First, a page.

If 2014 was about Brand Modi, the election this year is a test for Brand Nitish. For Ajay Kumar Dubey (55), a Brahmin voter in Ghosian Khurd village in Rohtas district, Brand Nitish was diluted the day he joined hands with Lalu Prasad.
“Nitish first ditched the BJP and then (Jitan Ram) Manjhi. Now he has gone ahead and joined hands with Lalu, the one who put Bihar in the pits. Why,” Dubey asks and himself answers: “Just to become CM… What kind of politics is this?”
But like all good political debates in Bihar, this assertion is immediately met with forceful resistance.
“Nitish was God till he was with the BJP and turned into devil when he left (the BJP)? Your politics is amazing,” comes the sharp retort from Manoj Kumar Singh (45).
Typical of political discussions in Bihar’s rural hinterlands, Manoj is joined by others in taking on Dubey. “Ye faarword beckward ka khel hai. Faarword log Nitish raaj me khub faida liya ab dushman ho gaya hai (This is forward-backward play. The forwards enjoyed the gains of Nitish rule and have turned his enemy now),” says Dinbandhu Dinanath, five years older than Dubey, who he dismissively says is favouring the BJP owing to “caste reasons”.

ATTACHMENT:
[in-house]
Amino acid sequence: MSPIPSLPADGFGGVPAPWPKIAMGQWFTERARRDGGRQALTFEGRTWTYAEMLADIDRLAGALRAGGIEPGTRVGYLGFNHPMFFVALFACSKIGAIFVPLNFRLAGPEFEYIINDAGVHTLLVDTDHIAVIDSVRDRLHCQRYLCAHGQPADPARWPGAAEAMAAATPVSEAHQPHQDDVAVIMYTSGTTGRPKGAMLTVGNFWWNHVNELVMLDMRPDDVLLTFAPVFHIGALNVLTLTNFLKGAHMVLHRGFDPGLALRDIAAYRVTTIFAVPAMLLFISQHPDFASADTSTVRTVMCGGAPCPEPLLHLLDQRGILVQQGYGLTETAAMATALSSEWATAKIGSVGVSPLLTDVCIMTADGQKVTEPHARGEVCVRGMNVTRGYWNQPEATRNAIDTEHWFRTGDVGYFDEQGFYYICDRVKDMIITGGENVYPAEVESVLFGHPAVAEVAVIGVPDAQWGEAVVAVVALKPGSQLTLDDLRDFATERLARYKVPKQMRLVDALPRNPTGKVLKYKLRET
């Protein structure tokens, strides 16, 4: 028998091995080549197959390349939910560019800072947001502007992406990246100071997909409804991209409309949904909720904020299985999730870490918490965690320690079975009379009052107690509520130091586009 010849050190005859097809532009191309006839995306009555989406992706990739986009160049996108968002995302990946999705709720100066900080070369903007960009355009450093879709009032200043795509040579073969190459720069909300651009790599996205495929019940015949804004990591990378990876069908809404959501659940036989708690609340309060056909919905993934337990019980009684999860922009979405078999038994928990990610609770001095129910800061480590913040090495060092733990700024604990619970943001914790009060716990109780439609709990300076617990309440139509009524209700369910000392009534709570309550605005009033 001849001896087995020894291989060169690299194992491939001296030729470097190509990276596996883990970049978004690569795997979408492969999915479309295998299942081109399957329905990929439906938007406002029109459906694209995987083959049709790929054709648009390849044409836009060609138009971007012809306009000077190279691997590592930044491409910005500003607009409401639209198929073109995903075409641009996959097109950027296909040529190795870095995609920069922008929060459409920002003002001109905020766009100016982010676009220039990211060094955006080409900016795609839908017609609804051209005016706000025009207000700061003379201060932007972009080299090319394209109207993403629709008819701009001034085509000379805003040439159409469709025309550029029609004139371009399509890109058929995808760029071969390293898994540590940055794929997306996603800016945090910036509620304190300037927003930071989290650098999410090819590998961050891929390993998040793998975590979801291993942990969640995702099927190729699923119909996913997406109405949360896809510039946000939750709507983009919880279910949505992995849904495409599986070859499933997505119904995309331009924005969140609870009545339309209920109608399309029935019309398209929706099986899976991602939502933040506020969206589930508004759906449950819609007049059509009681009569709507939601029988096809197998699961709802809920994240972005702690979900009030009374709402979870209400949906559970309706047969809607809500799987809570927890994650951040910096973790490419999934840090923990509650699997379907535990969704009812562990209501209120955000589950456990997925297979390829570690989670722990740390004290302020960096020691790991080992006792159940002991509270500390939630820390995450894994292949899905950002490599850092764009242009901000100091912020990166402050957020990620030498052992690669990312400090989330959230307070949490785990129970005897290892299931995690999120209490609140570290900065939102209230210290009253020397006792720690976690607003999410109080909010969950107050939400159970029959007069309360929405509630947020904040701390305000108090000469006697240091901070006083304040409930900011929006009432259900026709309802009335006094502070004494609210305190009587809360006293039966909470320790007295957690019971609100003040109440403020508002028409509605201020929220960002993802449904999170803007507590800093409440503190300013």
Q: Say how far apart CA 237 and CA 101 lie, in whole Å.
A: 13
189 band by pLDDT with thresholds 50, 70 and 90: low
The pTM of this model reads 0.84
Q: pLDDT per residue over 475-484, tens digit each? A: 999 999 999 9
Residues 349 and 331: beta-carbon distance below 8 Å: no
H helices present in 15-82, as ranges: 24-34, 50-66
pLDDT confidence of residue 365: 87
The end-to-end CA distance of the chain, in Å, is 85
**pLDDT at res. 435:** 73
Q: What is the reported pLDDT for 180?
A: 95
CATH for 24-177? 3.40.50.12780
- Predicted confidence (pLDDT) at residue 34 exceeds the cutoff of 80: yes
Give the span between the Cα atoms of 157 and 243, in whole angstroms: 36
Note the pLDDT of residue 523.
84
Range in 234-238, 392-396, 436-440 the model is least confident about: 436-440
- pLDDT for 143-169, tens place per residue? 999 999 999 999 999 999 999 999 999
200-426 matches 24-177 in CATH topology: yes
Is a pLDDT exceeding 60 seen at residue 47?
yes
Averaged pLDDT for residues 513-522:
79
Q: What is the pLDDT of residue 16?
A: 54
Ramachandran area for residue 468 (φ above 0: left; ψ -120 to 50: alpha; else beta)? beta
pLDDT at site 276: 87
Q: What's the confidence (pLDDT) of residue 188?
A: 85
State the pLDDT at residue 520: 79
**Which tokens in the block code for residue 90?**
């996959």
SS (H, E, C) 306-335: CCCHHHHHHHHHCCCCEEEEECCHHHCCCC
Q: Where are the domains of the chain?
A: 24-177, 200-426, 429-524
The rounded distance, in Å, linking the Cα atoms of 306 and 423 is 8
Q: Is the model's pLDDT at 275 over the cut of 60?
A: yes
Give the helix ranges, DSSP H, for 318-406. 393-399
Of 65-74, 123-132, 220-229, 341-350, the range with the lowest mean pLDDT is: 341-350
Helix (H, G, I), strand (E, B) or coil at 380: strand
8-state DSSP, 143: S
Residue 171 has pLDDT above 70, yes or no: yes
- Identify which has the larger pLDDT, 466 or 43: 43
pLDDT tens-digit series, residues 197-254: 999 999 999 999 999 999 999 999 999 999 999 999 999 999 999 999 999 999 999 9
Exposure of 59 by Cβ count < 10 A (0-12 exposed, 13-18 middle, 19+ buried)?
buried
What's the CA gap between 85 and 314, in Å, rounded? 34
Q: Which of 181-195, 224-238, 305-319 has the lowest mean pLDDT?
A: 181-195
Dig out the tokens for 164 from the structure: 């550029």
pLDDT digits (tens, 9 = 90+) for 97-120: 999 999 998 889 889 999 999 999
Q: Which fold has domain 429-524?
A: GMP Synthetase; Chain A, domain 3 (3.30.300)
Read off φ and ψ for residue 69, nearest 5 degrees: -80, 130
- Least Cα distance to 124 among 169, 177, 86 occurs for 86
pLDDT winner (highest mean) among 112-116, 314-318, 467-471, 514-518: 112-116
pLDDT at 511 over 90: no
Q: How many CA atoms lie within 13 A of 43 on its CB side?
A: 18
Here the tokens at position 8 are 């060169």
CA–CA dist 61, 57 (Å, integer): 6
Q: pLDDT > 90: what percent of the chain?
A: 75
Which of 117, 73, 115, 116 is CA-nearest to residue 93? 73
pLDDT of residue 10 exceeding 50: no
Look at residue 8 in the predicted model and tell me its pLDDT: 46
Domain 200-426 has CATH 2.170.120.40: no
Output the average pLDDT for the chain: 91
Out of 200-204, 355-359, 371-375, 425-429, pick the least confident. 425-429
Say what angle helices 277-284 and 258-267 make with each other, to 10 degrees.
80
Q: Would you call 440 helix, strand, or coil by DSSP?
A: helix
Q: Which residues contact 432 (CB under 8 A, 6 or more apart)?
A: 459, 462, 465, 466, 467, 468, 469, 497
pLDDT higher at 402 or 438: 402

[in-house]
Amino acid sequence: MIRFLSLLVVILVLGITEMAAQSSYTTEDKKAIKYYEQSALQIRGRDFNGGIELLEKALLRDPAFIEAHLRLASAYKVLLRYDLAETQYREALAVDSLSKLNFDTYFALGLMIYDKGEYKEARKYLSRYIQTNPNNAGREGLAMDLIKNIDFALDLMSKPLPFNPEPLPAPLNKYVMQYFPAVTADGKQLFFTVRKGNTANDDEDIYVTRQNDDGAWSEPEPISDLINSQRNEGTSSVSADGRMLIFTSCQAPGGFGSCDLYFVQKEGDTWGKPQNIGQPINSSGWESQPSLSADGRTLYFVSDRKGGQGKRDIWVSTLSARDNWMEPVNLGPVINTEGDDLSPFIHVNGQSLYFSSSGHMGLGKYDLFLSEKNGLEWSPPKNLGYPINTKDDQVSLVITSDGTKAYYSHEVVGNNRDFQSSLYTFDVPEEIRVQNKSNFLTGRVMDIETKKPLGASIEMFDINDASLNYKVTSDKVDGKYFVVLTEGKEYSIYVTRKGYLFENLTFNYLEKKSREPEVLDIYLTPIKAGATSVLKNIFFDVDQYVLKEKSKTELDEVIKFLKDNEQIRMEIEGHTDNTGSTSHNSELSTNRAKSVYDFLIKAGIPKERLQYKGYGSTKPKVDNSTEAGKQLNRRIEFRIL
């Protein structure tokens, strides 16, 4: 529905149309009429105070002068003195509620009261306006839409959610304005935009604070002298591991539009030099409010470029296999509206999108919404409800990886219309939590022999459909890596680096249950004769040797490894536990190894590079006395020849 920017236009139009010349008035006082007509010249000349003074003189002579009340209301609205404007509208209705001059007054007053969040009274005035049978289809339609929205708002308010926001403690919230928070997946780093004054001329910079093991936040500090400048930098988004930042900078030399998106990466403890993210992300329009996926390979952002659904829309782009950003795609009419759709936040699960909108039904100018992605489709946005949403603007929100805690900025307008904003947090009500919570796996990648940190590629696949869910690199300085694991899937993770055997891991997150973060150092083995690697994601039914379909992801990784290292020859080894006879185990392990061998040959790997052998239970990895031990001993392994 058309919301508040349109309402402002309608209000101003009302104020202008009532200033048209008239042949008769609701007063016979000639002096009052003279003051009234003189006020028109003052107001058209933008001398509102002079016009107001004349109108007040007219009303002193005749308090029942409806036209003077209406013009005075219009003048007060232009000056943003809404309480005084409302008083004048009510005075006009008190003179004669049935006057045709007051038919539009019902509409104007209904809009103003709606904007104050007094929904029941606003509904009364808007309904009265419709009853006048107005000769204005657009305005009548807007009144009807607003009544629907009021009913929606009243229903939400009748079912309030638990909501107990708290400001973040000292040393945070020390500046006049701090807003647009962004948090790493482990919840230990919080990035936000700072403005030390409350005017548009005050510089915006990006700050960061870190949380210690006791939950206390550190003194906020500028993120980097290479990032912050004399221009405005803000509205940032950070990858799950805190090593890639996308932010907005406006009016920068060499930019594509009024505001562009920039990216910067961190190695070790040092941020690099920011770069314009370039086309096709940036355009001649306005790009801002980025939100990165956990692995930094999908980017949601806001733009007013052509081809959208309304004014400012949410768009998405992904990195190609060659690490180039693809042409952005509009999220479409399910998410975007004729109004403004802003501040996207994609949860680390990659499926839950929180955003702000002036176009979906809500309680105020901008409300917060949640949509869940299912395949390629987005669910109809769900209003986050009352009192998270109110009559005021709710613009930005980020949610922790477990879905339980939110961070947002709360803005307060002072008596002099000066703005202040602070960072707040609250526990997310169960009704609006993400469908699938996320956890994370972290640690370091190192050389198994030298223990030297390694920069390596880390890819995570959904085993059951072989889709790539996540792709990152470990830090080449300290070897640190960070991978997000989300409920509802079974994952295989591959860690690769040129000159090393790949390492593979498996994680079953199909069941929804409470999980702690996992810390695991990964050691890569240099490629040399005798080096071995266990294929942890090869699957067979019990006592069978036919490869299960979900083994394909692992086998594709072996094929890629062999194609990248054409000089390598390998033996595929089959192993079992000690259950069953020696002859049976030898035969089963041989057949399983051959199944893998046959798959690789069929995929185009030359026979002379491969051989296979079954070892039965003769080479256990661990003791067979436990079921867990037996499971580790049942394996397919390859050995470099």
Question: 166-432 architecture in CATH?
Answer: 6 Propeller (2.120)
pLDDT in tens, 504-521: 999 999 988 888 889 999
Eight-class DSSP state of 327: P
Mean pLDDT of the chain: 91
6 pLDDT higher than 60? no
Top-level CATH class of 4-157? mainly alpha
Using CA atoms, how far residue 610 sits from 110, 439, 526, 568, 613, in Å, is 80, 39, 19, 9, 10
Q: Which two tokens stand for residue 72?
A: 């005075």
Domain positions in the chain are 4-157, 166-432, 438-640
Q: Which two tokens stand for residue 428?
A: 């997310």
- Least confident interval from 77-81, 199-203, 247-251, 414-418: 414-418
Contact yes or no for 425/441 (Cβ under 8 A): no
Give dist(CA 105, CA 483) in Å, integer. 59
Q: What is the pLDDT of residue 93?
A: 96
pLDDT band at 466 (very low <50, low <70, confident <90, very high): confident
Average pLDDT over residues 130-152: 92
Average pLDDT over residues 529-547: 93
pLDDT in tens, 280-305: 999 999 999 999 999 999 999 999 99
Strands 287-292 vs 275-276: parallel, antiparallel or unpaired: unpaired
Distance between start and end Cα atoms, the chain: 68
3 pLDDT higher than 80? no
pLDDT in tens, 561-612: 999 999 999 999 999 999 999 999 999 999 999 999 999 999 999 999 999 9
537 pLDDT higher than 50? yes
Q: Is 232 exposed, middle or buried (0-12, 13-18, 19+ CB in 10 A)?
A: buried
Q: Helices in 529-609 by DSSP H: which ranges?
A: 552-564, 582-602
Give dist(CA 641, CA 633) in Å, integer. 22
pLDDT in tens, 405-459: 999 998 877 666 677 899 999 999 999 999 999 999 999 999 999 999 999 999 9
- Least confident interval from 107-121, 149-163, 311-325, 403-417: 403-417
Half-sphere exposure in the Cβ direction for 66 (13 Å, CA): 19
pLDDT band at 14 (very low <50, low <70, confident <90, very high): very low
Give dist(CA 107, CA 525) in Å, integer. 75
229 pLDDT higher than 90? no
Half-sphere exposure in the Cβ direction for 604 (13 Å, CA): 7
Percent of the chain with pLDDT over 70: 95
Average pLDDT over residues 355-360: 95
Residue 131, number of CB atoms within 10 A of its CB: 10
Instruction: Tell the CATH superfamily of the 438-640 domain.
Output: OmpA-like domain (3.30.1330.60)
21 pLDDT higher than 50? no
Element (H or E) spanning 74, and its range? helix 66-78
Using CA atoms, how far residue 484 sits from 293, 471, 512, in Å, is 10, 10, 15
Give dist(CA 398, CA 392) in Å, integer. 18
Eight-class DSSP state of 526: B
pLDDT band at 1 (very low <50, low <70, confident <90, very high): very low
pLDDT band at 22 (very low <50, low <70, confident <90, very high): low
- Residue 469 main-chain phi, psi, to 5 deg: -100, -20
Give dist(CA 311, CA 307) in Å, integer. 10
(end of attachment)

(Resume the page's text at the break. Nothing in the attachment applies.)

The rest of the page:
The “debate” was being conducted at a tea-stall this reporter stopped at in the course of his travel to Sasaram in south Bihar, about 165km from Patna.
The two districts of Rohtas and Kaimur have a larger share of the upper castes compared to the northern regions of the state. Prime Minister Narendra Modi has already addressed two election rallies and attracted huge crowds.
Ghosian Khurd, a village dominated by the backward castes, sits on the Ara-Bikramganj-Sasaram road. Kurmis (Nitish Kumar’s caste brethren) have the largest share followed by the Kushwahas, Mahtos, Paswans, Lohar (blacksmith) and Badhaee (wood craftsmen). Brahmins, the caste group to which Dubey belongs, also have a substantial share with some 15 households in the village, which falls under the Karakat Assembly segment.
The heated and prolonged debate calms down with the backward caste members asking Dubey to answer a simple question: “Nitish ne kaam kya hai ki nahi? (Has Nitish performed or not?)”
“Haan, Nitish has done good work,” Dubey acknowledges, but sticks to his assertion. “Why did he join hands with Lalu? Had he contested alone I would have voted for him.”